William Blake, Thenot remonstrates with Colinet, Lightfoot in the background, a wood-engraving

England, AD 1821

From a series made for an edition of Virgil's pastoral poems

This is one of a series of wood-engravings made by Blake to illustrate Ambrose Philips's eighteenth-century imitation of Virgil's first Eclogue (42-37 BC), in which two shepherds, Thenot and Colinet, converse. They were commissioned by Dr R.J. Thornton for the school book The Pastorals of Virgil. At this time Blake was under the patronage of the painter John Linnell (1792-1882), who encouraged him to undertake his own designs, publicized his work and secured him commissions. Blake's wood-engravings concentrated more on atmospheric effect than precise outline, and it took the influence of John Linnell and others to prevent Dr Thornton from withdrawing his commission after he had seen them. Thornton recorded his reservations on the frontispiece to the pastoral: 'The illustrations of this English Pastoral are by the famous BLAKE.... This is mentioned, as they display less of art than genius, and are much admired by some eminent painters'.

'Blake's compositions inspired by Virgil's pastorals are the only examples of his wood-engravings to survive. Samuel Palmer called them 'visions of little dells, and nooks, and corners of Paradise ... the exquisitest pitch of intense poetry'. Although they attracted little interest in Blake's day, they have had a great influence on artists in the twentieth century. The wood blocks are also in The British Museum.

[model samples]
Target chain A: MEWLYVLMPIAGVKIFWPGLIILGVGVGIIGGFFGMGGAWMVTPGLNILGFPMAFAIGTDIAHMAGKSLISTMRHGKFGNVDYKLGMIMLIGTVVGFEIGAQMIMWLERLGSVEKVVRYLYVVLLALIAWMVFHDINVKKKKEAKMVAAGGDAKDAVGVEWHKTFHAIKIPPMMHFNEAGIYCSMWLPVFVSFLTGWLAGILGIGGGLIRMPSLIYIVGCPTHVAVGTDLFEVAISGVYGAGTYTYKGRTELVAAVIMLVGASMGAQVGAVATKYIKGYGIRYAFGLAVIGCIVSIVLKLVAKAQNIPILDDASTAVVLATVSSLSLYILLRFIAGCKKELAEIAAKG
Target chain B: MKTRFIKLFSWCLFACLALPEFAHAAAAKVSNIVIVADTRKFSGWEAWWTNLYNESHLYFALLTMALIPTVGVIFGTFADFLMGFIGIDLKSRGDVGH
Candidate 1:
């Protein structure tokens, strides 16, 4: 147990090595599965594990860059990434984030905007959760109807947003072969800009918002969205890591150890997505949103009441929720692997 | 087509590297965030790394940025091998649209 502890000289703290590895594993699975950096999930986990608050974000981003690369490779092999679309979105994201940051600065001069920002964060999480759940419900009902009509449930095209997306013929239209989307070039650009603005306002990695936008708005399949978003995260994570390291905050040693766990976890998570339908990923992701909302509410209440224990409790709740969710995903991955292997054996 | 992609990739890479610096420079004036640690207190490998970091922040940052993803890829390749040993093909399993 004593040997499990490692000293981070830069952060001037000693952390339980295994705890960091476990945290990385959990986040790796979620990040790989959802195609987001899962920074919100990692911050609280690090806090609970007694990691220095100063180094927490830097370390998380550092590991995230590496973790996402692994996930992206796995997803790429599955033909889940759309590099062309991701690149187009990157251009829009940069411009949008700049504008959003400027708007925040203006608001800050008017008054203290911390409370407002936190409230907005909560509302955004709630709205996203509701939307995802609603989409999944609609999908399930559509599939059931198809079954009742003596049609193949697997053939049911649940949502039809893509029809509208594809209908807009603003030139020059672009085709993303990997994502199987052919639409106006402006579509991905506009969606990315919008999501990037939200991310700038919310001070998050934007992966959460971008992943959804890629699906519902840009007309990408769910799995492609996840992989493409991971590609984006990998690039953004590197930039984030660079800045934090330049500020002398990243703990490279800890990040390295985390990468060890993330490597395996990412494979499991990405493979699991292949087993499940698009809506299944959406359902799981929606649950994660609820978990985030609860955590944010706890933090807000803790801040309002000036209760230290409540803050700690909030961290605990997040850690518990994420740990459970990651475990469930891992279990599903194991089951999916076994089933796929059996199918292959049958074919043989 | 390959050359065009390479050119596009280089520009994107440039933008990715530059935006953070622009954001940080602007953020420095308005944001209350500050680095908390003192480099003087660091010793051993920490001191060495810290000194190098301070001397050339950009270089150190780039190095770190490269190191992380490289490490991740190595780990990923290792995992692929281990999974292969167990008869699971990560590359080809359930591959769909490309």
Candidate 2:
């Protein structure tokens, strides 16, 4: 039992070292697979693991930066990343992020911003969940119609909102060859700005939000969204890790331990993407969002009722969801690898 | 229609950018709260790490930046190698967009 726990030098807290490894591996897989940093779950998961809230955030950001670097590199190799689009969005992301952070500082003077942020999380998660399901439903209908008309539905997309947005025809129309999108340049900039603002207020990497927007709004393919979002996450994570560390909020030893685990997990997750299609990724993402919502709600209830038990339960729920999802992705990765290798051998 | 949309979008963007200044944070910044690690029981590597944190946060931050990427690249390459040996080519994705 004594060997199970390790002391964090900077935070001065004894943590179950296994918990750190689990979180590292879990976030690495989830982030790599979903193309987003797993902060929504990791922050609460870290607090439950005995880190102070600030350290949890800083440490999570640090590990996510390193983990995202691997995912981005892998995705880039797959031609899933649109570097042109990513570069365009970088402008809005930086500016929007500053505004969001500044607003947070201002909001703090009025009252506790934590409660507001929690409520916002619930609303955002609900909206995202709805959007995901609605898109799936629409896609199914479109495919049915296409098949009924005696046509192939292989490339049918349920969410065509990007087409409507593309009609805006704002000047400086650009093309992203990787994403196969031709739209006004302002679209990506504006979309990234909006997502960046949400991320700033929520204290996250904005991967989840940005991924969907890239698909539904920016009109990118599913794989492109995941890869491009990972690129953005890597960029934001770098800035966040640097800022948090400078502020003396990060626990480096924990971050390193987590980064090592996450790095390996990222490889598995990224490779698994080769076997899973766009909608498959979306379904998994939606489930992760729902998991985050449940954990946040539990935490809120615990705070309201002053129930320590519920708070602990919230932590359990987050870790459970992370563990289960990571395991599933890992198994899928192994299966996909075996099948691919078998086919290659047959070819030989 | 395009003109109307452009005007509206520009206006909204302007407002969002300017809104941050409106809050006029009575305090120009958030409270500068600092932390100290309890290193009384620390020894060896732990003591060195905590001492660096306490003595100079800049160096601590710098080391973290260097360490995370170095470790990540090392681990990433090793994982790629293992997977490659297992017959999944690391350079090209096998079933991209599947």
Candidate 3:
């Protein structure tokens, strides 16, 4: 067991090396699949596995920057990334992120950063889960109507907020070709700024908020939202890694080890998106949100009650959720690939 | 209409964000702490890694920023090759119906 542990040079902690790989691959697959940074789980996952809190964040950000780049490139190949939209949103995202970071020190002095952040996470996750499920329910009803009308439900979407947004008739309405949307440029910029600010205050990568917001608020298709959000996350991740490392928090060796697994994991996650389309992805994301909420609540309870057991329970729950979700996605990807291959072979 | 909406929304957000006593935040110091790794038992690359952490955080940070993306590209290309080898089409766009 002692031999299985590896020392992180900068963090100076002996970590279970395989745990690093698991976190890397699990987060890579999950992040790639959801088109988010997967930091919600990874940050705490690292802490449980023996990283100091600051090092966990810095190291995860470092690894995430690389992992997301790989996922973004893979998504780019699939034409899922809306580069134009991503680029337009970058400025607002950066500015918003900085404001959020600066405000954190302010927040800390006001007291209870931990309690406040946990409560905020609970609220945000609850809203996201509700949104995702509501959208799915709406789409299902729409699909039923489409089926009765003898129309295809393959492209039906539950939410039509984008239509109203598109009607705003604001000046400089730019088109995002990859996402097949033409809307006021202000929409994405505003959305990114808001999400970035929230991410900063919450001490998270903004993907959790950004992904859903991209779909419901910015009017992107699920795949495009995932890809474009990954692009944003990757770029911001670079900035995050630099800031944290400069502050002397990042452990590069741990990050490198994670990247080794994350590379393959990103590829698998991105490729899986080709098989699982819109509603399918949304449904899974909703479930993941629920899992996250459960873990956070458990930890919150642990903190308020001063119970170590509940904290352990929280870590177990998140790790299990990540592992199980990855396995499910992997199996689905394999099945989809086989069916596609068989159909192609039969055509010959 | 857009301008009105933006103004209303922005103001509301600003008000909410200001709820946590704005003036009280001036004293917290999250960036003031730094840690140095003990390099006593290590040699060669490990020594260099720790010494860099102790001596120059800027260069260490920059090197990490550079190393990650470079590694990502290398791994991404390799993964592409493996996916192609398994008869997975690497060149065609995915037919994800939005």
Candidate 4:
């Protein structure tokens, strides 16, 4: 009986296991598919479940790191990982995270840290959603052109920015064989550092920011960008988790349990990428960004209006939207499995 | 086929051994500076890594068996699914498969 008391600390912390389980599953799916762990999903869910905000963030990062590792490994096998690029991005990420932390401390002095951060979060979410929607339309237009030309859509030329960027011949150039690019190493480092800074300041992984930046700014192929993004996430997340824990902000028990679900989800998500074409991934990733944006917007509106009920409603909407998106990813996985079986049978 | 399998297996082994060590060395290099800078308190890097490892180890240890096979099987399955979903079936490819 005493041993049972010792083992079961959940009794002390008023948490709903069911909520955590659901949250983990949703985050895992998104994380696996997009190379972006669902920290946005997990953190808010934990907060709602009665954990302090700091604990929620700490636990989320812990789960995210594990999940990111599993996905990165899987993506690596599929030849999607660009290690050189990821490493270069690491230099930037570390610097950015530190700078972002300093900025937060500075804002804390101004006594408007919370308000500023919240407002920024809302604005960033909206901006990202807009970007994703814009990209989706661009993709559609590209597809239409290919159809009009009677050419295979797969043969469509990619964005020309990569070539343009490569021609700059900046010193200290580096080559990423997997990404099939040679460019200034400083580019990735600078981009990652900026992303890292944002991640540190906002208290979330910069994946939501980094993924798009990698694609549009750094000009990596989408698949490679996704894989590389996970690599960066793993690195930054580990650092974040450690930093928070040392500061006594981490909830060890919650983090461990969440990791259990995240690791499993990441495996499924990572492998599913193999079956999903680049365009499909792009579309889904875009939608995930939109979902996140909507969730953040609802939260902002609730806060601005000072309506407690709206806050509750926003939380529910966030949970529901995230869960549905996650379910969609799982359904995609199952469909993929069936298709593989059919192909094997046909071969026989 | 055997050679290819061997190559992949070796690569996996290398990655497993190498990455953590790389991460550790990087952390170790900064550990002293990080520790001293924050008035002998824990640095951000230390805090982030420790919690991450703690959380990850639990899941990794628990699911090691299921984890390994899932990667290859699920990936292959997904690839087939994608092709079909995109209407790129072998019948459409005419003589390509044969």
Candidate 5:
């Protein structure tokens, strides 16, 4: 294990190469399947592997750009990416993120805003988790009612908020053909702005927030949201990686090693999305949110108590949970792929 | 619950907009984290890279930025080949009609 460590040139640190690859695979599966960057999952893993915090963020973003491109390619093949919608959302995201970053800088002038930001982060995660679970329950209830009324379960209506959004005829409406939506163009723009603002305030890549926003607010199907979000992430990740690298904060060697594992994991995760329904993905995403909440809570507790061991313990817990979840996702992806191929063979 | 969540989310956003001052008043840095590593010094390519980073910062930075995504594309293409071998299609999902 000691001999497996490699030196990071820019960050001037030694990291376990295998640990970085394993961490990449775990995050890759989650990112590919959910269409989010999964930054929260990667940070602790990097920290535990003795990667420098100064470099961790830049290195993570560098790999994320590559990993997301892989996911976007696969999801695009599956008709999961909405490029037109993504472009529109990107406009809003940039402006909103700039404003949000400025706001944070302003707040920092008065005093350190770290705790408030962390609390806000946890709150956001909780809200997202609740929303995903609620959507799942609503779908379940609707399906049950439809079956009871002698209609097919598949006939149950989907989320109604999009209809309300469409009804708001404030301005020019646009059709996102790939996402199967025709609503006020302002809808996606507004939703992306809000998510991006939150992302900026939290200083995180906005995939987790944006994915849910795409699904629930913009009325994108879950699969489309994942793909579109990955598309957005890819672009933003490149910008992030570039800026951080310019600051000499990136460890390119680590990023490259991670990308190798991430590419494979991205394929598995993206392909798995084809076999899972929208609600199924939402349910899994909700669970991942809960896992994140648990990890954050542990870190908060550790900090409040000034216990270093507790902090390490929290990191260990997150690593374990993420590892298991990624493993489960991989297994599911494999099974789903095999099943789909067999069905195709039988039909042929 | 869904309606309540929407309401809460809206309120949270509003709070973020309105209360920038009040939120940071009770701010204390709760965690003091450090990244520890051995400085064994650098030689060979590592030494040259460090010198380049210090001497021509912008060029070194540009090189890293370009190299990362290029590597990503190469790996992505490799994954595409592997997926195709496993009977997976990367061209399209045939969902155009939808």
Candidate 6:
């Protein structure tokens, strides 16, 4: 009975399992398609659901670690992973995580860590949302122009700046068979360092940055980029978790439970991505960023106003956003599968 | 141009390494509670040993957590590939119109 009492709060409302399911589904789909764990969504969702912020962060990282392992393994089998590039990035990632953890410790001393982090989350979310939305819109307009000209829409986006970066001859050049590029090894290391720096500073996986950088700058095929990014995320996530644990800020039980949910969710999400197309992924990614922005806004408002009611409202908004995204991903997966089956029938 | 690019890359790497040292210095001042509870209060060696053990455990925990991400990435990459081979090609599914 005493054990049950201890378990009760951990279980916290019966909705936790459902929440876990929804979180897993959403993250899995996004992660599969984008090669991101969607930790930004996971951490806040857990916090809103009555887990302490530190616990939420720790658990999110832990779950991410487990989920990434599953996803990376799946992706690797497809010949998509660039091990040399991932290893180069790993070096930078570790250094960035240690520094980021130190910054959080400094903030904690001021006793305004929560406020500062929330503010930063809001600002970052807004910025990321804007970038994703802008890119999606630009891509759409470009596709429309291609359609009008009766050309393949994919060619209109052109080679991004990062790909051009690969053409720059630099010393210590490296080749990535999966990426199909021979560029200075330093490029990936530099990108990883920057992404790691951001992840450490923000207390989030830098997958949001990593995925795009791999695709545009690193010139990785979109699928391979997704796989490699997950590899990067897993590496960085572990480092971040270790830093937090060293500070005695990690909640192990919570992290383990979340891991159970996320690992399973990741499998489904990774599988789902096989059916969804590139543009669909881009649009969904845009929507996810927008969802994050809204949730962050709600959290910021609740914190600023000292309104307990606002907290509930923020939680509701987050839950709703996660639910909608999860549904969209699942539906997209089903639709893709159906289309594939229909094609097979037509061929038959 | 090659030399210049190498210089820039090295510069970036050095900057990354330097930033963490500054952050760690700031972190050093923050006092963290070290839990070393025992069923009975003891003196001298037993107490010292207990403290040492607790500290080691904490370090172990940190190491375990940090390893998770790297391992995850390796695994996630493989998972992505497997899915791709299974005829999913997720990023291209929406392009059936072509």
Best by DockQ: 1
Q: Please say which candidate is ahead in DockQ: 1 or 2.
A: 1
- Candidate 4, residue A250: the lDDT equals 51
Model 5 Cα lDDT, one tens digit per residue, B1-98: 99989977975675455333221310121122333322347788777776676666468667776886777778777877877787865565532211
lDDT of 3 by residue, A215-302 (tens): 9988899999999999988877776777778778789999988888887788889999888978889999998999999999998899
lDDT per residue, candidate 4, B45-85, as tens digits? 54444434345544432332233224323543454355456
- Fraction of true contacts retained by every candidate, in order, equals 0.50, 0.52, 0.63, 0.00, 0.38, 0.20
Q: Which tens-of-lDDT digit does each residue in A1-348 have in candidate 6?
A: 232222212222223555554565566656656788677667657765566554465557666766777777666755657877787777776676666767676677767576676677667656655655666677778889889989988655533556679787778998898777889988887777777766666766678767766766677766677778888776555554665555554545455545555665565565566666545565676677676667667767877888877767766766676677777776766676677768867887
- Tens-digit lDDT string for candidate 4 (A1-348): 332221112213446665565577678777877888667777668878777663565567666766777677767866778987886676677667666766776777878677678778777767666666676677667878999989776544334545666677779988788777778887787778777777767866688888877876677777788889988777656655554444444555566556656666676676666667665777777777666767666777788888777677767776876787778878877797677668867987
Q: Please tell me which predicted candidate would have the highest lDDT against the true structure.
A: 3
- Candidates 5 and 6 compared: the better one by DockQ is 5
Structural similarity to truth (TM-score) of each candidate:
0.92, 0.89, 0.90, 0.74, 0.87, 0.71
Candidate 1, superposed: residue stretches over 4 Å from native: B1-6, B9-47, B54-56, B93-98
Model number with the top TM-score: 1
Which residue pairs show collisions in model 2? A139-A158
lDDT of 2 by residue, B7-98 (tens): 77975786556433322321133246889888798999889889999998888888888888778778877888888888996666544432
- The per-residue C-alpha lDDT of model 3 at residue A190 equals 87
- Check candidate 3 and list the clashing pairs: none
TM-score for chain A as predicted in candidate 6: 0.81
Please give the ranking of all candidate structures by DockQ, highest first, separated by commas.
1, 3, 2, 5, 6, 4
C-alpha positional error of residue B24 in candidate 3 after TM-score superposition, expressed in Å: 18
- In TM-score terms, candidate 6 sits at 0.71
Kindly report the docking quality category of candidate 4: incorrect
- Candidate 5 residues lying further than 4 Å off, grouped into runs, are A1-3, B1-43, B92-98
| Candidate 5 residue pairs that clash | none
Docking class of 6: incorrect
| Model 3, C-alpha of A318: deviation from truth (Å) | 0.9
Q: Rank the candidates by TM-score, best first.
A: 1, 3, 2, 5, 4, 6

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More information

Bibliography

D. Bindman, The complete graphic work of W (London, Thames and Hudson, 1978)

R.N. Essick, The separate plates of William (Princeton, Princeton University Press, 1983)

R. Lister, The paintings of William Blake (Cambridge, 1986)

A. Wilton, The wood engravings of William (London, The British Museum Press, 1977)

Dimensions

Height: 32.000 mm
Width: 73.000 mm

Museum number

PD 1885-3-14-109

PPA52048

Location

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